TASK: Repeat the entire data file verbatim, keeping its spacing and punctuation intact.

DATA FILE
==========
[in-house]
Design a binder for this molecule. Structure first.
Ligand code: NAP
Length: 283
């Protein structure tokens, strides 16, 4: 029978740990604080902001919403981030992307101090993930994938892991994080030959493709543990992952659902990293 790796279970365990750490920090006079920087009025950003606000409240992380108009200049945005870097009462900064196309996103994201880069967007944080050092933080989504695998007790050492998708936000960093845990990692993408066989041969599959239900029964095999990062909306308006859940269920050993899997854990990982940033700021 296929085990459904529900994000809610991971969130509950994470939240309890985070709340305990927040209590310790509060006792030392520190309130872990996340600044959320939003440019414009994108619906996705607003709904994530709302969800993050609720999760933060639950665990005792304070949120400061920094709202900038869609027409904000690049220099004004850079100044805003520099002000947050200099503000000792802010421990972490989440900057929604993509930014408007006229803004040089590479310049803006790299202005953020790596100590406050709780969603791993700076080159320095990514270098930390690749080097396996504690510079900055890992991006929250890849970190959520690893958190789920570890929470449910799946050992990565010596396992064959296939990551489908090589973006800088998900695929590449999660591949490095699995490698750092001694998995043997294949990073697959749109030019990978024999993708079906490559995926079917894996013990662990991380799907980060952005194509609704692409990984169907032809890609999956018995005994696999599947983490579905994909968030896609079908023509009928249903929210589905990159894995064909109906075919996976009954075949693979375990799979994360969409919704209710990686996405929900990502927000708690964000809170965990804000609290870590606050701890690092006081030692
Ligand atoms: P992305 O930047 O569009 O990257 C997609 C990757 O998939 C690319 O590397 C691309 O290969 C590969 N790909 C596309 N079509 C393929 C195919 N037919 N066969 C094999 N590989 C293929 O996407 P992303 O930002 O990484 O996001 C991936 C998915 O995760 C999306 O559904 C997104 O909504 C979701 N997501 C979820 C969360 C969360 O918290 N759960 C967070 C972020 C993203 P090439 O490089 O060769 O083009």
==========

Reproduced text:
[in-house]
Design a binder for this molecule. Structure first.
Ligand code: NAP
Length: 283
């Protein structure tokens, strides 16, 4: 029978740990604080902001919403981030992307101090993930994938892991994080030959493709543990992952659902990293 790796279970365990750490920090006079920087009025950003606000409240992380108009200049945005870097009462900064196309996103994201880069967007944080050092933080989504695998007790050492998708936000960093845990990692993408066989041969599959239900029964095999990062909306308006859940269920050993899997854990990982940033700021 296929085990459904529900994000809610991971969130509950994470939240309890985070709340305990927040209590310790509060006792030392520190309130872990996340600044959320939003440019414009994108619906996705607003709904994530709302969800993050609720999760933060639950665990005792304070949120400061920094709202900038869609027409904000690049220099004004850079100044805003520099002000947050200099503000000792802010421990972490989440900057929604993509930014408007006229803004040089590479310049803006790299202005953020790596100590406050709780969603791993700076080159320095990514270098930390690749080097396996504690510079900055890992991006929250890849970190959520690893958190789920570890929470449910799946050992990565010596396992064959296939990551489908090589973006800088998900695929590449999660591949490095699995490698750092001694998995043997294949990073697959749109030019990978024999993708079906490559995926079917894996013990662990991380799907980060952005194509609704692409990984169907032809890609999956018995005994696999599947983490579905994909968030896609079908023509009928249903929210589905990159894995064909109906075919996976009954075949693979375990799979994360969409919704209710990686996405929900990502927000708690964000809170965990804000609290870590606050701890690092006081030692
Ligand atoms: P992305 O930047 O569009 O990257 C997609 C990757 O998939 C690319 O590397 C691309 O290969 C590969 N790909 C596309 N079509 C393929 C195919 N037919 N066969 C094999 N590989 C293929 O996407 P992303 O930002 O990484 O996001 C991936 C998915 O995760 C999306 O559904 C997104 O909504 C979701 N997501 C979820 C969360 C969360 O918290 N759960 C967070 C972020 C993203 P090439 O490089 O060769 O083009």